A shift is needed…

NaNoWriMo Jounrnal 2014

A month has gone by and I wrote over 83,000 words in less than 30 days.  I’m take such satisfaction from that.

There were some curves in the road, and I ended up changing a lot of things from my original timeline of events, but I believe that it was for the best.  I think the story turned out better than I thought it was going to.

It may be over, but I’m not done writing.  I still have a novel that I’m trying to get polished for publication, as well as new stories that come to mind that I jot down.  Next year, the madness that is NaNoWriMo will begin again with a brand new story.  I don’t know what it is yet, but I know I’ll think of something.

With it being the last day, normally I just have my final thoughts, but I never got to put up the last character progression, so here it is!

Jim Kleverland (Primary Antagonist):

Dr. Jim Kleverland is a medical doctor and a clockwork engineer.  He invented clockwork prosthetics and is considered to be brilliant both in the fields of medicine and clockwork.  He started Kleverland Medical, the first and only real medical clockwork company.  He serves as the antagonist of the story.  If you wish to read his introduction from my 2013 NaNoWriMo journal, click here.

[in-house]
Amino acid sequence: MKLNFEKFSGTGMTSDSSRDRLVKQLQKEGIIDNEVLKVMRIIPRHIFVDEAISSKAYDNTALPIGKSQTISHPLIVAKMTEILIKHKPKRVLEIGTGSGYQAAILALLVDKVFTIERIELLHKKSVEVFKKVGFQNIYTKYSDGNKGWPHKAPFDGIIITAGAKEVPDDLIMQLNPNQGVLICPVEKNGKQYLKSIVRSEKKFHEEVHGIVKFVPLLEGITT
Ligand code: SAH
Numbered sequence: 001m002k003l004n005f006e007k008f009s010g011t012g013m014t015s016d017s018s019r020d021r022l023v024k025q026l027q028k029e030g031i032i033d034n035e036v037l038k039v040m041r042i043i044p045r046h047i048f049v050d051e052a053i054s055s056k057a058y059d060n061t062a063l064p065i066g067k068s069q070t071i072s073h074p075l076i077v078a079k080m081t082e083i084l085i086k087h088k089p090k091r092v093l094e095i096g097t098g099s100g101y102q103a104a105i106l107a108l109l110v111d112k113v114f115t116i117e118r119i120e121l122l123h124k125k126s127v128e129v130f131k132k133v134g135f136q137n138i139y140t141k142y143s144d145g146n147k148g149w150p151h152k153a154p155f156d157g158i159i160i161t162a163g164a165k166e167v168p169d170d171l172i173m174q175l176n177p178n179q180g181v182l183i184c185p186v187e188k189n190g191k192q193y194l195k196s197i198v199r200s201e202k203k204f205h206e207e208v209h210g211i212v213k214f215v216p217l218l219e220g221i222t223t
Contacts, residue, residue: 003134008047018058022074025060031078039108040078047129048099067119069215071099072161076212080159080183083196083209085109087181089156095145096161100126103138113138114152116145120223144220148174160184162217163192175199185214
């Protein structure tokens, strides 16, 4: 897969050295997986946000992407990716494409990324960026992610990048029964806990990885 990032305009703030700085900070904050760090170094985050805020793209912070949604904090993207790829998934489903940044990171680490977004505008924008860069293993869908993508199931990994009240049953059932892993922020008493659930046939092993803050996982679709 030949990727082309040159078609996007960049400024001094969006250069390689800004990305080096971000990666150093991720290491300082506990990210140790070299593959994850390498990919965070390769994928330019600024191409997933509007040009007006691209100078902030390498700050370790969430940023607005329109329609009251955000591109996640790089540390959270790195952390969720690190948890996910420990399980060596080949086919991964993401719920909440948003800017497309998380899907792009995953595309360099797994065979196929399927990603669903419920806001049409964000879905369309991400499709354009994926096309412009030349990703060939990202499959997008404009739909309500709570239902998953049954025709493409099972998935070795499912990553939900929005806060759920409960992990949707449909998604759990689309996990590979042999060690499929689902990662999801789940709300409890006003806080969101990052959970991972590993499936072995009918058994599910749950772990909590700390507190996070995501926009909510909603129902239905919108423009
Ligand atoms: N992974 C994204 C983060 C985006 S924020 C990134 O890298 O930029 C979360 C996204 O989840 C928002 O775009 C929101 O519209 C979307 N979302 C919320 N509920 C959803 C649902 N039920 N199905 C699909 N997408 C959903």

Deus Ex Machina

In Deus Ex Machina, Dr. Jim Kleverland is merely mentioned and never seen.  Saul Deus learns that his father, George, tried to make a True Automaton and that he commissioned Dr. Kleverland to make the clockwork heart to help it function.  The Black Cats serve at the antagonist in this first novel.

The Clockwork Heartbeat

In The Clockwork Heartbeat, Jim is working in Boston when he’s contacted by Saul Deus, asking about the heart his father had commissioned to be made.  Jim had made it long ago, and when George Deus passed away, he just held on to the clockwork heart in case he ever needed it for something.  When Jim meets with Saul, he agrees to bring the heart to New York, but Saul would have to show him what his technology is being used in.  Reluctantly, Deus agrees.

When he sees the True Automaton, and they test out the heart, he’s amazed when it comes to life.  He, along with Saul, Tanya, Xandria, and Jill, test out the Automaton and deem him alive.  Jill names him Sam.  Kleverland convinces Saul to shut Sam down for a while and let things settle down between England and Germany before they reveal Sam to the world.

However, Jim is secretly working as an informant for the Germans, and had been since before George Deus ever commissioned him to built the heart.  Jim believes that the world is sick, and he will do anything to heal it.  He would do anything to heal anyone, even his worst enemy.  He believes the German Empire would heal the world.  When he sees the True Automaton, he sees it as an opportunity for Germany to create an army of clockwork men, which would be unstoppable; they could take over and heal the world.  Jim is secretly ordered to take Sam Deus to Germany.